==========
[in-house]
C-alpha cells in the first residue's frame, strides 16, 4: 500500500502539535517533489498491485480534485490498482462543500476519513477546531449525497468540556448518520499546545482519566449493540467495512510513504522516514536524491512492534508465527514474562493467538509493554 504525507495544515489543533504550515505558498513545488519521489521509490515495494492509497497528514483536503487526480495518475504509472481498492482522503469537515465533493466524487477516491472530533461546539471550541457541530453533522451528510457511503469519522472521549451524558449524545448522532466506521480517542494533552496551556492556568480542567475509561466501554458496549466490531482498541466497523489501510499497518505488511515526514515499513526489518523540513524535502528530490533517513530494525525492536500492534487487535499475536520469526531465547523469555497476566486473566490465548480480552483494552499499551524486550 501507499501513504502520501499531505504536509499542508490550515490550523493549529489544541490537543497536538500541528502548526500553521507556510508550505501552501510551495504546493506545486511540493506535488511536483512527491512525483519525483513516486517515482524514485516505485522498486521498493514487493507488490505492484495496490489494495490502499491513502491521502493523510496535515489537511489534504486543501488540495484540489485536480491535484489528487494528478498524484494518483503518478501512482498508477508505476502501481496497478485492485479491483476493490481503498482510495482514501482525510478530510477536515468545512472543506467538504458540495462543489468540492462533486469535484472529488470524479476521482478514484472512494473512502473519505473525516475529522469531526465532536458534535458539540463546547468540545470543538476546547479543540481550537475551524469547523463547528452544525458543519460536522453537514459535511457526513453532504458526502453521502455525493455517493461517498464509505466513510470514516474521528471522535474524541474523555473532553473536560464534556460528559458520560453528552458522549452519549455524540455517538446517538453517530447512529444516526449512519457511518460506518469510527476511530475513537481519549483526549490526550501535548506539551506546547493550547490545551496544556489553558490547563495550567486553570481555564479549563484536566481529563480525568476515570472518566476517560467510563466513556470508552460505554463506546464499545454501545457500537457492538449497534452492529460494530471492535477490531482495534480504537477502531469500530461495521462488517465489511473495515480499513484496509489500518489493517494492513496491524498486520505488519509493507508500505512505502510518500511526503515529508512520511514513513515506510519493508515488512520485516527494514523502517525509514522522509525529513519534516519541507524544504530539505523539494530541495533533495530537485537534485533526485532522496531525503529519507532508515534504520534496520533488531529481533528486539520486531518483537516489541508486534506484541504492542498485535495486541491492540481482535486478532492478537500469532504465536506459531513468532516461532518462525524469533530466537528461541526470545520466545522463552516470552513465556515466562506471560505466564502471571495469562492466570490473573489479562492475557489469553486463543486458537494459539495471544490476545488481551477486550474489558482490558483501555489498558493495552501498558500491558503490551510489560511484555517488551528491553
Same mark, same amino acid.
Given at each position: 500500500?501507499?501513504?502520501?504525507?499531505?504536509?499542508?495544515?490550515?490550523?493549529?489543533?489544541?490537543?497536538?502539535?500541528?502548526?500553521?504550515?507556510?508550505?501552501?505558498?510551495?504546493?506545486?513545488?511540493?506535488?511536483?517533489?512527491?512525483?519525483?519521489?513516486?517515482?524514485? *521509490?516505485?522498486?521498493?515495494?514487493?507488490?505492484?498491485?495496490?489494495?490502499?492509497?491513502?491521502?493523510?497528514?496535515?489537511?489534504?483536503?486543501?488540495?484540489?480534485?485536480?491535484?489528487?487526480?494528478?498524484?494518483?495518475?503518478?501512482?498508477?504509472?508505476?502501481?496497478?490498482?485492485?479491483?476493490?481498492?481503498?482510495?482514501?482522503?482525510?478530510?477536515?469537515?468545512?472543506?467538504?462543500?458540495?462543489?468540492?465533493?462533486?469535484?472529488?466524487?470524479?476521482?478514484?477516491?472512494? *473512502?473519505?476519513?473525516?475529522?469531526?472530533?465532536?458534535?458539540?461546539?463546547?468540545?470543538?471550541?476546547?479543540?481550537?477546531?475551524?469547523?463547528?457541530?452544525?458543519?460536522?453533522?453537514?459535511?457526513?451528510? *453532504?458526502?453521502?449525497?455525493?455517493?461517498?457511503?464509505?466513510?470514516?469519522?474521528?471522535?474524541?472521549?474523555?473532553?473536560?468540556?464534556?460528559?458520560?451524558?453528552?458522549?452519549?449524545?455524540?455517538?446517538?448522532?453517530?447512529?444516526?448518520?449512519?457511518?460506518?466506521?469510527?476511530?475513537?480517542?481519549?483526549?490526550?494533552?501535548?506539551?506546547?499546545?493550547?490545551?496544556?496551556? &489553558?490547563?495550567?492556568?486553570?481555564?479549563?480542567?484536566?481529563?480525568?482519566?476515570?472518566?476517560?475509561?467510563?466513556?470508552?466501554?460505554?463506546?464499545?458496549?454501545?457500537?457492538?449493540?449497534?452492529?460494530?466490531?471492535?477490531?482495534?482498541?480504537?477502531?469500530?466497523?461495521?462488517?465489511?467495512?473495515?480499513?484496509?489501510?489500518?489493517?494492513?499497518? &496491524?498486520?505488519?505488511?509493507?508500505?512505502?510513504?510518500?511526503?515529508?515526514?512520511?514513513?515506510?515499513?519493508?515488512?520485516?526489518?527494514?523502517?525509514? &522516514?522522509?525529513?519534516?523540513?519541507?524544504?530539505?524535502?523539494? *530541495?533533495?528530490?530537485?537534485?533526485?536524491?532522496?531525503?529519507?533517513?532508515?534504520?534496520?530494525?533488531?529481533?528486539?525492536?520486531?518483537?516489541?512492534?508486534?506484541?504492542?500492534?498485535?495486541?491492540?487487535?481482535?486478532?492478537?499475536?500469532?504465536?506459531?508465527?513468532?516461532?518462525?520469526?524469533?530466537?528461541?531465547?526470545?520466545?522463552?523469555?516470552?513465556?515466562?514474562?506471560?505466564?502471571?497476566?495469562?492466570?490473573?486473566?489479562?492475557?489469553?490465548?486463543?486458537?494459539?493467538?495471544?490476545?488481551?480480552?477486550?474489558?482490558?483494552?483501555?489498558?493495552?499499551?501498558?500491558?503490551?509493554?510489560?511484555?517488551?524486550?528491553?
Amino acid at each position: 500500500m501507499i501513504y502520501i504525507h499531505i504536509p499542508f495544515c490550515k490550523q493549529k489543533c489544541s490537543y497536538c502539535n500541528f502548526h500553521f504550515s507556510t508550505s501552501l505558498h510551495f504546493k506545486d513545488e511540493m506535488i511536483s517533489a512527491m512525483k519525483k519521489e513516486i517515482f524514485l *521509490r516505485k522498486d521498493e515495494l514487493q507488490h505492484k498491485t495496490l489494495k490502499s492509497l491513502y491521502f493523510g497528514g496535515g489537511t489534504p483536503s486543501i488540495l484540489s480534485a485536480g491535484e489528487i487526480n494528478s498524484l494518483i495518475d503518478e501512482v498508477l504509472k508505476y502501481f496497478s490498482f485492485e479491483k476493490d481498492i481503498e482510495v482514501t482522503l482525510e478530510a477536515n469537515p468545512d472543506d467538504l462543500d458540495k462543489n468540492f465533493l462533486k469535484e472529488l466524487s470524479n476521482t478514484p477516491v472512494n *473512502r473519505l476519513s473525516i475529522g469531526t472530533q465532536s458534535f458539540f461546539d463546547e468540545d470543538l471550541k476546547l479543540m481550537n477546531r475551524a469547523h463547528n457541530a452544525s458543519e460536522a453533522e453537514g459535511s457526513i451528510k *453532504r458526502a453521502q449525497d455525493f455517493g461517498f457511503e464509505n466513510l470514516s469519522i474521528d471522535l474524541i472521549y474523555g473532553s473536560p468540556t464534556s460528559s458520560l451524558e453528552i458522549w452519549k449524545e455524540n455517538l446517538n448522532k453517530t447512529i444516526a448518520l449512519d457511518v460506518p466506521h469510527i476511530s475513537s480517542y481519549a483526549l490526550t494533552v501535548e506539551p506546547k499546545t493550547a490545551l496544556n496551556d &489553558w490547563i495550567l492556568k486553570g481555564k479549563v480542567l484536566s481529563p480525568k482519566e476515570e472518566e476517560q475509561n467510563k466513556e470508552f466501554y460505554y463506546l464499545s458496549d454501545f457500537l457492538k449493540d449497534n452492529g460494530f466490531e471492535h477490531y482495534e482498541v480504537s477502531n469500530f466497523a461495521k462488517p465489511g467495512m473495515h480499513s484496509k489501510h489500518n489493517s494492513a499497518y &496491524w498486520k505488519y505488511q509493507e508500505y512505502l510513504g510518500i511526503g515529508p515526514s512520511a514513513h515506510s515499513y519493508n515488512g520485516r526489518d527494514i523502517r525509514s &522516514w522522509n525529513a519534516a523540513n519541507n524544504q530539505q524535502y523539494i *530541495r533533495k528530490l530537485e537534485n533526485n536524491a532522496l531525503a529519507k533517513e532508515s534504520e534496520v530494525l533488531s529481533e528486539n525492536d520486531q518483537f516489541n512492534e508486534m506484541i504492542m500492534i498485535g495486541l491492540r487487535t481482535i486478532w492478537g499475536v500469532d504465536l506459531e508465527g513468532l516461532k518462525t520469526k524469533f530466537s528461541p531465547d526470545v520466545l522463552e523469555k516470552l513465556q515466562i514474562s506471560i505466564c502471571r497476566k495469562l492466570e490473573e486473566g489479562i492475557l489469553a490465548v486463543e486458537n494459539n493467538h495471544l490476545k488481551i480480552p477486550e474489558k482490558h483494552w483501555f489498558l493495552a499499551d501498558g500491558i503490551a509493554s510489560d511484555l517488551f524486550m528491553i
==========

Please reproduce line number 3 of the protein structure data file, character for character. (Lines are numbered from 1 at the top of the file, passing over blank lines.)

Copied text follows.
Same mark, same amino acid.